Finally, I appreciated this advice last night. The last 2 nights I spent at WordCamp socials (hosted by WordPress St. Louis enthusiasts). This is the first year Chris invited me to the socials. He just didn’t think about it before. I assumed, wrongly so, that WordCamp was going to be full of developers and people well-versed in WordPress. No, there are so many people from so many different walks of life. Their day jobs so diverse. Many were so interested in my research – some of them educators themselves or so glad to hear of me looking at education in that way.

So why am I limiting myself?

It took me 5 months to completely appreciate this advice. I shouldn’t limit my job search to my education, but rather assess my skills, my potential, and what I want to do. I’m smart. I learn on my feet.

Our potential is bigger than ourselves, that is, if we really unleash it and take the opportunities along the way. Don’t limit yourself.

Your data is the wrong data.

“Quantitative or qualitative?” he asked in a loaded, hurried tone.

This question always exasperates me. Immediately, I think, ‘Oh, you’re one of those. Oh, brother!” and roll my eyes.

I was at a social for WordCamp St. Louis hosted by the local WordPress community. This gent had traveled all the way from Indianapolis. He said he wouldn’t be attending the second day, as he “found what he needed.” His goal wasn’t to learn anything, but to find a person to build him a WordPress site. I guess no one knows the WordPress in Indiana?

Ok, let me start at the beginning. This gent started the conversation with, “Oh, I thought she was your daughter!” when I walked up to where he and Chris were already conversing. I asked what brought him to WordCamp and what he did. He’s a consultant in the K-12 sector and teaches statistic part-time. Then he asked what I do. I said I was finishing up my PhD and before I could tell him about my study he blurts, “Quantitative or qualitative?”

You see, among researchers, there are two camps: qualitative and quantitative. Each sees their own research type as better than the other. A vast majority of qualitative researchers see quantitative as good foundation for qualitative. It informs the study and points to where qualitative method should be used to go deeper. On the other hand, a vast majority of quantitative researchers refuse to recognize qualitative research as actual research at all.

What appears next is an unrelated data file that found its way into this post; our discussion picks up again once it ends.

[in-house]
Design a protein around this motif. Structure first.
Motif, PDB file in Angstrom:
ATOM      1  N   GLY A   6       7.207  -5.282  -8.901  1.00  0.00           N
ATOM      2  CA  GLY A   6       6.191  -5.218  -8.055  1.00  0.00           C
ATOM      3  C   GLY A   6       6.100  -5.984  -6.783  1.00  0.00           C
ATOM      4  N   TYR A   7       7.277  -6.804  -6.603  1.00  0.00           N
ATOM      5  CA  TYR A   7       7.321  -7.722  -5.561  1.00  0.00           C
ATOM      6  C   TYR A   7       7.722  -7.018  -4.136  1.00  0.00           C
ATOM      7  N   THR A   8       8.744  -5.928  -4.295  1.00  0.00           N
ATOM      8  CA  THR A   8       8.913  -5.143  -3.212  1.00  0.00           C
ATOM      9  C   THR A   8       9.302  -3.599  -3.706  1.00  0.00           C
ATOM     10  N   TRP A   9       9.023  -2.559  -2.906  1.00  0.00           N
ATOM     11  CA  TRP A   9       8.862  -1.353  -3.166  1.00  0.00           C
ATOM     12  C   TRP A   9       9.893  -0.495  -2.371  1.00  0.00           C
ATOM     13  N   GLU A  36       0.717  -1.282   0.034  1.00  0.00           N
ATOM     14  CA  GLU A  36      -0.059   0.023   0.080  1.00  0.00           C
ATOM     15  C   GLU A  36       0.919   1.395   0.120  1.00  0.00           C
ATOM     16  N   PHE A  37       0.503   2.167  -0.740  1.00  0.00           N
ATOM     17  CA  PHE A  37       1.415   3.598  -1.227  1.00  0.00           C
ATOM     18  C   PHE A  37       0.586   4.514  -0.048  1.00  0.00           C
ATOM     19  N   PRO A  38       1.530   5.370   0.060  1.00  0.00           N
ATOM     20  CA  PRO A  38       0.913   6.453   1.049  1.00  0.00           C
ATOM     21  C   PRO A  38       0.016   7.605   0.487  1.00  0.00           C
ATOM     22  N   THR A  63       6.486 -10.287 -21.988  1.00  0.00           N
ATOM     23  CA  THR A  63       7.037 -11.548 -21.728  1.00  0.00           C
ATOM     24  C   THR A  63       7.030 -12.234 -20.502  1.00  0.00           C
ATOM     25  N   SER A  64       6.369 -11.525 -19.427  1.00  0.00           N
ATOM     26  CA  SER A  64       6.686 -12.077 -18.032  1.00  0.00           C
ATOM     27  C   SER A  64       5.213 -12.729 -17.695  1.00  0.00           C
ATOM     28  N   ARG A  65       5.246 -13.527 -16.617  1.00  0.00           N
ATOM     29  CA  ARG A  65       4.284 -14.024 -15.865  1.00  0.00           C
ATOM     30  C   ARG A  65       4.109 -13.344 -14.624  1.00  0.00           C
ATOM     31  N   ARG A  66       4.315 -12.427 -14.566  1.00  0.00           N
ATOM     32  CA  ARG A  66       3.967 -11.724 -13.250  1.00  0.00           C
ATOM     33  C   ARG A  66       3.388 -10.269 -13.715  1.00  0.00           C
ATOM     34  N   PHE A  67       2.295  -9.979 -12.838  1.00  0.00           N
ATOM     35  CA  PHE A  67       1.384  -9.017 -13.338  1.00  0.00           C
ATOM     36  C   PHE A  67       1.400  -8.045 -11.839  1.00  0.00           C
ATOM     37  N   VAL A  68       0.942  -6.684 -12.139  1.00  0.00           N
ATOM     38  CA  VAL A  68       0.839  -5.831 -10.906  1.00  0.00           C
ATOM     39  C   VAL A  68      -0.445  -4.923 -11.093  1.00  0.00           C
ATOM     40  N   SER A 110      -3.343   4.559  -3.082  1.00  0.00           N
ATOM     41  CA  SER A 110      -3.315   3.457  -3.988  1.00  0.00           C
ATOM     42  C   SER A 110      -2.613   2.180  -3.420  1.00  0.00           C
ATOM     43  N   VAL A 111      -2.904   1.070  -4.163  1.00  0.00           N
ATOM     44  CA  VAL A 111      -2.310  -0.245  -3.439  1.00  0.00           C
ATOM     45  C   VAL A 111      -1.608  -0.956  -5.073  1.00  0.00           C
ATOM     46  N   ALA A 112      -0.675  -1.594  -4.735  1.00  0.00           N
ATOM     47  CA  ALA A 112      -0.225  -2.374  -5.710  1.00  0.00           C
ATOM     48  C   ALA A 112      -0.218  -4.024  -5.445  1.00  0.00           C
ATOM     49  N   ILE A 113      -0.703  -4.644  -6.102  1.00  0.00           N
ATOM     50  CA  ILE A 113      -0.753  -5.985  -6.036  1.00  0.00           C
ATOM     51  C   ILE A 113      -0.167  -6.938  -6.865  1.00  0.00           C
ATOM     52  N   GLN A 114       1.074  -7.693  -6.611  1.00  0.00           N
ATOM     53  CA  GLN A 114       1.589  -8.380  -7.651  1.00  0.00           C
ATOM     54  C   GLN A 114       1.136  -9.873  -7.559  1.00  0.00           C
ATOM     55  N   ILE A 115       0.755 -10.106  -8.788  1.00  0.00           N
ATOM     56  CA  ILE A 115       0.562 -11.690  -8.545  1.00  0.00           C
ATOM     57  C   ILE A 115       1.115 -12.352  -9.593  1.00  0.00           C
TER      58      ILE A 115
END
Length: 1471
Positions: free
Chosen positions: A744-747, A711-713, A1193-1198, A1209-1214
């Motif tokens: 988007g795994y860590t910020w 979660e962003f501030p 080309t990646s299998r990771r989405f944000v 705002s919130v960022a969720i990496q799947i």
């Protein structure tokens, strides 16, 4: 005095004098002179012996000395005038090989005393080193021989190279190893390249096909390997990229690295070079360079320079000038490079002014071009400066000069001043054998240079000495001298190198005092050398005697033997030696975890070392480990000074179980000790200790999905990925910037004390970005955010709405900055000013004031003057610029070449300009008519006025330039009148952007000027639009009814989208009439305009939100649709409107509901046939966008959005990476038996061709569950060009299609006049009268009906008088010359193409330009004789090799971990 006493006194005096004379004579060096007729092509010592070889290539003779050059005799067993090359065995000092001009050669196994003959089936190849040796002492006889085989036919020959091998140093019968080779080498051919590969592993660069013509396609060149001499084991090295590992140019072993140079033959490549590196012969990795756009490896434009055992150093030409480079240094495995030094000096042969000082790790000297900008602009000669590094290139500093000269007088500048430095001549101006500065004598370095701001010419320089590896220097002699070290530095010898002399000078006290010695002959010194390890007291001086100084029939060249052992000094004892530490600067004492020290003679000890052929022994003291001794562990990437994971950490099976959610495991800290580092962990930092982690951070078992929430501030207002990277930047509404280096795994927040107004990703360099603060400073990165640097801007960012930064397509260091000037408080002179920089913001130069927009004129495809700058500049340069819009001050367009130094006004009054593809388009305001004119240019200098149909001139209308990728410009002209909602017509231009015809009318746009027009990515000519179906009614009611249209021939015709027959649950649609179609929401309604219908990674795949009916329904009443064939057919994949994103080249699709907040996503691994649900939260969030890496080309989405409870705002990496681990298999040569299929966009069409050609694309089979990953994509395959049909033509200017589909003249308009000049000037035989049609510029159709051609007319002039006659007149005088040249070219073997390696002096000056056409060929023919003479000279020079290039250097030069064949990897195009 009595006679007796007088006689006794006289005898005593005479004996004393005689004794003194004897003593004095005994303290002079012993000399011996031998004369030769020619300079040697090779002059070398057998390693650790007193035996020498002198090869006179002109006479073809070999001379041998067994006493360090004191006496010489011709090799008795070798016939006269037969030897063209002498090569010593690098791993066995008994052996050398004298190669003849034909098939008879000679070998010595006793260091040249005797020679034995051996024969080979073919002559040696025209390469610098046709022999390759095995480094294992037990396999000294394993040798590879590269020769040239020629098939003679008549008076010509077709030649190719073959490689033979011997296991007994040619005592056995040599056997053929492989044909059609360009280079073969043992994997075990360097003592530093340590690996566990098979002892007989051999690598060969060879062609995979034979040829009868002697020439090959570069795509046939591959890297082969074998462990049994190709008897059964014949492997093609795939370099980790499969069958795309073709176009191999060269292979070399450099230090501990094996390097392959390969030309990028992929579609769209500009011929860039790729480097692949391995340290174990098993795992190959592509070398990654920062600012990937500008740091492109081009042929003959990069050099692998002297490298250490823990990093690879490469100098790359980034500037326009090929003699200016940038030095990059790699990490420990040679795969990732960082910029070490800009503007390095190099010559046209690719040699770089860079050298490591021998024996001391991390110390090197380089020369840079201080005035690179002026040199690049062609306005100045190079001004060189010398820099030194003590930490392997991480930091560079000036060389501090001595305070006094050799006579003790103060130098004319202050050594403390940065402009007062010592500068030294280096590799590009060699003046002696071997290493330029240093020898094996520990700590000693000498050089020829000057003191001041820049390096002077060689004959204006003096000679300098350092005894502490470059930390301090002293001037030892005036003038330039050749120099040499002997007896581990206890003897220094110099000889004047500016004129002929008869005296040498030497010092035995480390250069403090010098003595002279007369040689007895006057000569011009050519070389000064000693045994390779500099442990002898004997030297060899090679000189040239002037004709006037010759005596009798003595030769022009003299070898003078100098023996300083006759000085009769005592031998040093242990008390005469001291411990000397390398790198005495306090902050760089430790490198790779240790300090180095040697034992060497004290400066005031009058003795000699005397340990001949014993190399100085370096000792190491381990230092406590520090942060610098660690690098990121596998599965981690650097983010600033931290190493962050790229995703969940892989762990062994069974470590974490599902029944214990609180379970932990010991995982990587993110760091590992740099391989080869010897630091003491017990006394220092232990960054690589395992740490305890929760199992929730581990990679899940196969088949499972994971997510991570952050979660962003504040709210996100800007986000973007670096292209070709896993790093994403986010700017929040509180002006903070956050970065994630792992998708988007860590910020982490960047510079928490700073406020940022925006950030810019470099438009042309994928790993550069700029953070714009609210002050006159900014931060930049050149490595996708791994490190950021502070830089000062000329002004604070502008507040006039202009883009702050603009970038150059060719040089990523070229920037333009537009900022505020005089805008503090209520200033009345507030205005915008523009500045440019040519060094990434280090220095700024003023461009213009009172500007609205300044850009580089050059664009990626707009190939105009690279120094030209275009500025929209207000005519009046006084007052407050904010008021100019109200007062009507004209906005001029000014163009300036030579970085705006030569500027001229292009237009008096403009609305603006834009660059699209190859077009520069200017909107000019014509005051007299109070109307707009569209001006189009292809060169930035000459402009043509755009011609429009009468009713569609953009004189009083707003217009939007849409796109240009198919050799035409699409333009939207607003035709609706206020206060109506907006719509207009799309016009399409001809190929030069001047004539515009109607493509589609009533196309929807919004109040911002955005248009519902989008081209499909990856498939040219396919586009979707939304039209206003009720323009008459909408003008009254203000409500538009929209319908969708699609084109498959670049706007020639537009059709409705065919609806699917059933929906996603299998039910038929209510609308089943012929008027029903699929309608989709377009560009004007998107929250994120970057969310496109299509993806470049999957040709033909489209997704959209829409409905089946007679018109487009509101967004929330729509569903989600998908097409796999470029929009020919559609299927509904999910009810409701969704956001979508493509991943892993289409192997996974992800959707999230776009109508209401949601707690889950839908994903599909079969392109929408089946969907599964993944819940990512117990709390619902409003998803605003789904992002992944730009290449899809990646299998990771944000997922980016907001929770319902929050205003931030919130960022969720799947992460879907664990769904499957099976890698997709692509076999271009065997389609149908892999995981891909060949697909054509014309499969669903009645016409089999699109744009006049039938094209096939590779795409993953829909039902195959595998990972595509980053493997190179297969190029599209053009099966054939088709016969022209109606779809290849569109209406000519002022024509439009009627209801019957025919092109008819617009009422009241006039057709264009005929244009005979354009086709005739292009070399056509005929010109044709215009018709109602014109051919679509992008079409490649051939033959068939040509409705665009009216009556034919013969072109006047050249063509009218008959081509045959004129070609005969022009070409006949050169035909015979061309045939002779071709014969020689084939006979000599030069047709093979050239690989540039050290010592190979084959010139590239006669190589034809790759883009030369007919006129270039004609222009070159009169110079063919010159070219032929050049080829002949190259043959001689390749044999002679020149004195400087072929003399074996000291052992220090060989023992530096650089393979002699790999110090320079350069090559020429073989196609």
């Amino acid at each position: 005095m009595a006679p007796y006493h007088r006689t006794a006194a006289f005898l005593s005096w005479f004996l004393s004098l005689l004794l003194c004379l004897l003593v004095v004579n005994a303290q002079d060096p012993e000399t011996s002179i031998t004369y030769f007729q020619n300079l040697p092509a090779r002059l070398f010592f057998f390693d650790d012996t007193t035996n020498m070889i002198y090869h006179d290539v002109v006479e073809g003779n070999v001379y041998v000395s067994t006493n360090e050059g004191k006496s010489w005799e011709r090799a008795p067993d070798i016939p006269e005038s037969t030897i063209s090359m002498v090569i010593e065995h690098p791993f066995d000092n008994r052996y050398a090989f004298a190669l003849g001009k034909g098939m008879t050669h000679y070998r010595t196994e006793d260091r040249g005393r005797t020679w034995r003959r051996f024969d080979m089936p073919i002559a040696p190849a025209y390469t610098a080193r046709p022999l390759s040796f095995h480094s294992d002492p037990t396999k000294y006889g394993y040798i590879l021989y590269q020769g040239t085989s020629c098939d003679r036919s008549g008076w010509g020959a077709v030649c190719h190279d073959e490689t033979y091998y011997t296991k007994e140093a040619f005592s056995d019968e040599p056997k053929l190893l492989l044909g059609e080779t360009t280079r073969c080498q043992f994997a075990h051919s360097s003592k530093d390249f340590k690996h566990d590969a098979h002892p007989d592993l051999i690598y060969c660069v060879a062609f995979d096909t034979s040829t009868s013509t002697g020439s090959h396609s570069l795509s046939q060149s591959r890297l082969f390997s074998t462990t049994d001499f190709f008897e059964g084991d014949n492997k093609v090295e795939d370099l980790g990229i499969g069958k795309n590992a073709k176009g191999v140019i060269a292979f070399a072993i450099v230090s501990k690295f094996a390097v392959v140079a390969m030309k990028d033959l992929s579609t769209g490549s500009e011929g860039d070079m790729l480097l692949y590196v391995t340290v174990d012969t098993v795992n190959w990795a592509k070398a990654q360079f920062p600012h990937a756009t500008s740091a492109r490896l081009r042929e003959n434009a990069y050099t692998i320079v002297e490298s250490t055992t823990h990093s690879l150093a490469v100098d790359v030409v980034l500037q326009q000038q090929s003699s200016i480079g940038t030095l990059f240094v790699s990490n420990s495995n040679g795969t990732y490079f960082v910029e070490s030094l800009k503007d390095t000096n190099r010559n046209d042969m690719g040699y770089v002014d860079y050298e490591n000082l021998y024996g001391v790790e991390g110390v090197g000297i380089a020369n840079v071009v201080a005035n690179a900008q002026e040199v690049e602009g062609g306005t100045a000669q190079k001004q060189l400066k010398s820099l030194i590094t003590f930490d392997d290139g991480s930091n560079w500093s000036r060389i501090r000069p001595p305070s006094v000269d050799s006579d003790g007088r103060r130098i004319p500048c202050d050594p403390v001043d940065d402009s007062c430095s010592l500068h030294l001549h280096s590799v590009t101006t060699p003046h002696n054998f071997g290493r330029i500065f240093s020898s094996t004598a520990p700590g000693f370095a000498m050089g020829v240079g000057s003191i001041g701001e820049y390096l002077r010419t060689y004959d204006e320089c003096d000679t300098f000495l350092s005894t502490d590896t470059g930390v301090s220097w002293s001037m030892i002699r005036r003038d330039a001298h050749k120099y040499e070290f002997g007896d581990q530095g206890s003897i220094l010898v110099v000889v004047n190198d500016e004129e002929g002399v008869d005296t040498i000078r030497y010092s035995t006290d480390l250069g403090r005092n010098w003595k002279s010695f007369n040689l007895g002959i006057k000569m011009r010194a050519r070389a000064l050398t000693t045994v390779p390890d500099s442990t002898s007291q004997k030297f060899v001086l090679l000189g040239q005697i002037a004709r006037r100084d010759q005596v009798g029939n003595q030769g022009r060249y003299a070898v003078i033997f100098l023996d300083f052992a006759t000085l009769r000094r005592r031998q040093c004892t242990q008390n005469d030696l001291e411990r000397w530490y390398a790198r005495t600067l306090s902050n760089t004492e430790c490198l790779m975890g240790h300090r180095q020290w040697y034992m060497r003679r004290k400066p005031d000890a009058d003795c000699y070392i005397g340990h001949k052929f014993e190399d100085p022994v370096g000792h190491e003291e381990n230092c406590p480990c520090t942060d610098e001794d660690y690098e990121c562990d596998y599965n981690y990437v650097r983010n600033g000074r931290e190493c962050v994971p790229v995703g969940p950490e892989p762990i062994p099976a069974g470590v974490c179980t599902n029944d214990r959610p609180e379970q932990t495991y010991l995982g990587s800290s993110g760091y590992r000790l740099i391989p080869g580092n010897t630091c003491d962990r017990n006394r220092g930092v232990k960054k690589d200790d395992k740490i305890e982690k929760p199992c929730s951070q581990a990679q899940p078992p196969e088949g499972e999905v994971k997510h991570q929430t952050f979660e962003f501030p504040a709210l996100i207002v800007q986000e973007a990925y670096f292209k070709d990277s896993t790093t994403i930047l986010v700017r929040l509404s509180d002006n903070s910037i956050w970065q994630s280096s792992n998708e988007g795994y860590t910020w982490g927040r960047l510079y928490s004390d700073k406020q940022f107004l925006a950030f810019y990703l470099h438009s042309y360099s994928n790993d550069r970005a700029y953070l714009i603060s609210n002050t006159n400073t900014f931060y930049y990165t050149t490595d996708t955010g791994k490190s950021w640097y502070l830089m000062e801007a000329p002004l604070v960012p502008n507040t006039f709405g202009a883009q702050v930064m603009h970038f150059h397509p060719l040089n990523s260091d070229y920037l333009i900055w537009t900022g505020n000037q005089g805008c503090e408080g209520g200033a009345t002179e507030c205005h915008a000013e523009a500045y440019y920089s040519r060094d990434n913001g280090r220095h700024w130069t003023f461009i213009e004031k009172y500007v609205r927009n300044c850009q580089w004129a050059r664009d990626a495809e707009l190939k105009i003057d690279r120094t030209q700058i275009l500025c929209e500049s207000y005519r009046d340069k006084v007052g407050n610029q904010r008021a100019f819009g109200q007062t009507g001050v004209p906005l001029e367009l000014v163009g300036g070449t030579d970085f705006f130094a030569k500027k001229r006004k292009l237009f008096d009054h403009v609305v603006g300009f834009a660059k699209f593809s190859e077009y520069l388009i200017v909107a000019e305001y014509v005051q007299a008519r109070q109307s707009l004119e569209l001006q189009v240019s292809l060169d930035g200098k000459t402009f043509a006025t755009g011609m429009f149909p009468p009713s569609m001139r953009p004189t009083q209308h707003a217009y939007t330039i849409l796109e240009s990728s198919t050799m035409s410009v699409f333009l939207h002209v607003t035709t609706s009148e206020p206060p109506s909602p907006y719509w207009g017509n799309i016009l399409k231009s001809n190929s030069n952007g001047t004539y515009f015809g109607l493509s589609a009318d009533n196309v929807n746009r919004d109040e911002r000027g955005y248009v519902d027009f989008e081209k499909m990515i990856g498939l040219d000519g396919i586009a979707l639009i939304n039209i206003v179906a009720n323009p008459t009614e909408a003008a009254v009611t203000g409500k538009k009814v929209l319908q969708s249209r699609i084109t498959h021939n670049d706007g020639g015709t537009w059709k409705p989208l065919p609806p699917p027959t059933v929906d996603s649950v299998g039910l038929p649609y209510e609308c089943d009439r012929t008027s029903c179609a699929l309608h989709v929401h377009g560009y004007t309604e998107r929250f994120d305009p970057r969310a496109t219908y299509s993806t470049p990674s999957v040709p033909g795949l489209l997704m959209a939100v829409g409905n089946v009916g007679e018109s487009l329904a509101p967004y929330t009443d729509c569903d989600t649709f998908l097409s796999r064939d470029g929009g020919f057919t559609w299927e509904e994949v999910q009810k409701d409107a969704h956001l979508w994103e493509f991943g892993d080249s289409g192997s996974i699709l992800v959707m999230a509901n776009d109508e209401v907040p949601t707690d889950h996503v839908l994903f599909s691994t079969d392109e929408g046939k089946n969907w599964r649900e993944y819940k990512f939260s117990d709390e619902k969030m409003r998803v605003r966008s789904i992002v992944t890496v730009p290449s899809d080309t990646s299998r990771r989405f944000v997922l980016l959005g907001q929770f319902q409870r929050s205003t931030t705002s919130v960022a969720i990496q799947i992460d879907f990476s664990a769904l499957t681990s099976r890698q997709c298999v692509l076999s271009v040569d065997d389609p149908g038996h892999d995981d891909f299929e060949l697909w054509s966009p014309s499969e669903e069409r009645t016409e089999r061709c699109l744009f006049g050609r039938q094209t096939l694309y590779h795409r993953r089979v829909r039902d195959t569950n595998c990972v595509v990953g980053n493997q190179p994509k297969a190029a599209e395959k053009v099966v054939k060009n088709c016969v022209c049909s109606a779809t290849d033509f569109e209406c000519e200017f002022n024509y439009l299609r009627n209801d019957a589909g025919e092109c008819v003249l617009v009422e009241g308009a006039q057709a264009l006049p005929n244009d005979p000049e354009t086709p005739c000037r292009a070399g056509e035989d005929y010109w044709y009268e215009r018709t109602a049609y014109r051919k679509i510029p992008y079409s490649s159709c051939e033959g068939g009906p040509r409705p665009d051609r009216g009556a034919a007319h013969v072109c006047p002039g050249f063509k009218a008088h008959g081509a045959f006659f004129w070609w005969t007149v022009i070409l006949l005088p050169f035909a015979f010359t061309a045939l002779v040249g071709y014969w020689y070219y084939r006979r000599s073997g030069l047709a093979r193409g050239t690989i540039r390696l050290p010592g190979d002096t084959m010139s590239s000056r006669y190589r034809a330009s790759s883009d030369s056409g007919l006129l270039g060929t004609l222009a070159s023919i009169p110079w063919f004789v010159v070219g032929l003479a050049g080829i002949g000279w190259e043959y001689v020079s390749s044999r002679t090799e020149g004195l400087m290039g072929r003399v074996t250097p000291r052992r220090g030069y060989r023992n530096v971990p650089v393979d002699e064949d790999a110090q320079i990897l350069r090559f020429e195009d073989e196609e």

I ignored his jabs and explained my study, all while he poo-pooed it.

I love Seth Godin’s example in his article: Actually, more data might not be what you’re hoping for.

So, data gave us the Kardashians.

I imagine the survey went something like this:

On a scale of 1 to 5, where 1 is the least and 5 is the greatest, how much do you like spray tan?

On a scale of 1 to 5, where 1 is the least and 5 is the greatest, how much do you like unimportant drama?

On a scale of 1 to 5, where 1 is the least and 5 is the greatest, how much do you like rich people whining?

And the people interpreting the results viewed the data as, “By golly! People want the Kardashians!” *

But, did they ask questions like:

What are your favorite television shows?

What about those shows makes them your favorite?

Describe television characters you enjoy watching.

Tell me about how you decide on a new television show.

Do you see how the data both are valuable, but both will get you very different information? Data gave us the Kardashians, but maybe we could have had something cooler.

So, Dr. K-12 Qualitative Consultant, you see, my aim in life is to never stop learning and never forget how to listen. Maybe you have forgotten, or maybe you’re a republican and never learned how. Just crunching numbers together with some equations, or software, doesn’t give you the nuanced answers provided by the human condition. It takes critical thinking and continued learning about society to process that information.

*Yes, I know my questions are biased. I’m doing this as an example and to be funny. Relax, Mr. or Ms. Quantitative, there is room for humor amongst all those numbers.